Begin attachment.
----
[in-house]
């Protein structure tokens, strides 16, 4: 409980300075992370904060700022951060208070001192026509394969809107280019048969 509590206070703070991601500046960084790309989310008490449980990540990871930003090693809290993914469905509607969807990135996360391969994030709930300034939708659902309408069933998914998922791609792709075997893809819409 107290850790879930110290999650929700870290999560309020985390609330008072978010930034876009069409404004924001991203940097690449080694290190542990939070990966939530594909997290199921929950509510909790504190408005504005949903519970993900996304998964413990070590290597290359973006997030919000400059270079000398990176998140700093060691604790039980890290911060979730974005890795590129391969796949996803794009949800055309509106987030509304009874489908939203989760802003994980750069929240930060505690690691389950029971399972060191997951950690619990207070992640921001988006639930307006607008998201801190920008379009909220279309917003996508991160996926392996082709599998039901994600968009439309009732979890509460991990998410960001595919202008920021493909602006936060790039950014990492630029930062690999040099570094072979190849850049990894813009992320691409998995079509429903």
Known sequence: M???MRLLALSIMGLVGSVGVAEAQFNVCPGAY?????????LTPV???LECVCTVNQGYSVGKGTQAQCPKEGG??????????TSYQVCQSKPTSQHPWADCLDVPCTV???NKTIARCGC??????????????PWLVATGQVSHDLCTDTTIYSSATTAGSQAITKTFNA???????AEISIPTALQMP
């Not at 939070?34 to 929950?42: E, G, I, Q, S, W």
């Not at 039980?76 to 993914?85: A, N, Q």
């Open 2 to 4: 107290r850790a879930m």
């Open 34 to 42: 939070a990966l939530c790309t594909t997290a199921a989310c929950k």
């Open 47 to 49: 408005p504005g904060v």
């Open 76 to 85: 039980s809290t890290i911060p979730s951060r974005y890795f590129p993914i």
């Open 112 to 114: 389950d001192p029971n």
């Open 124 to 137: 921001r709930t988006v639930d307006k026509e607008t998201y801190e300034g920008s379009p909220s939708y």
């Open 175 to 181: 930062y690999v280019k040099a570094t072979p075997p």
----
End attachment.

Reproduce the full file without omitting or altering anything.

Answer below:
[in-house]
């Protein structure tokens, strides 16, 4: 409980300075992370904060700022951060208070001192026509394969809107280019048969 509590206070703070991601500046960084790309989310008490449980990540990871930003090693809290993914469905509607969807990135996360391969994030709930300034939708659902309408069933998914998922791609792709075997893809819409 107290850790879930110290999650929700870290999560309020985390609330008072978010930034876009069409404004924001991203940097690449080694290190542990939070990966939530594909997290199921929950509510909790504190408005504005949903519970993900996304998964413990070590290597290359973006997030919000400059270079000398990176998140700093060691604790039980890290911060979730974005890795590129391969796949996803794009949800055309509106987030509304009874489908939203989760802003994980750069929240930060505690690691389950029971399972060191997951950690619990207070992640921001988006639930307006607008998201801190920008379009909220279309917003996508991160996926392996082709599998039901994600968009439309009732979890509460991990998410960001595919202008920021493909602006936060790039950014990492630029930062690999040099570094072979190849850049990894813009992320691409998995079509429903």
Known sequence: M???MRLLALSIMGLVGSVGVAEAQFNVCPGAY?????????LTPV???LECVCTVNQGYSVGKGTQAQCPKEGG??????????TSYQVCQSKPTSQHPWADCLDVPCTV???NKTIARCGC??????????????PWLVATGQVSHDLCTDTTIYSSATTAGSQAITKTFNA???????AEISIPTALQMP
């Not at 939070?34 to 929950?42: E, G, I, Q, S, W």
């Not at 039980?76 to 993914?85: A, N, Q």
């Open 2 to 4: 107290r850790a879930m």
């Open 34 to 42: 939070a990966l939530c790309t594909t997290a199921a989310c929950k």
């Open 47 to 49: 408005p504005g904060v």
């Open 76 to 85: 039980s809290t890290i911060p979730s951060r974005y890795f590129p993914i």
């Open 112 to 114: 389950d001192p029971n």
């Open 124 to 137: 921001r709930t988006v639930d307006k026509e607008t998201y801190e300034g920008s379009p909220s939708y």
């Open 175 to 181: 930062y690999v280019k040099a570094t072979p075997p």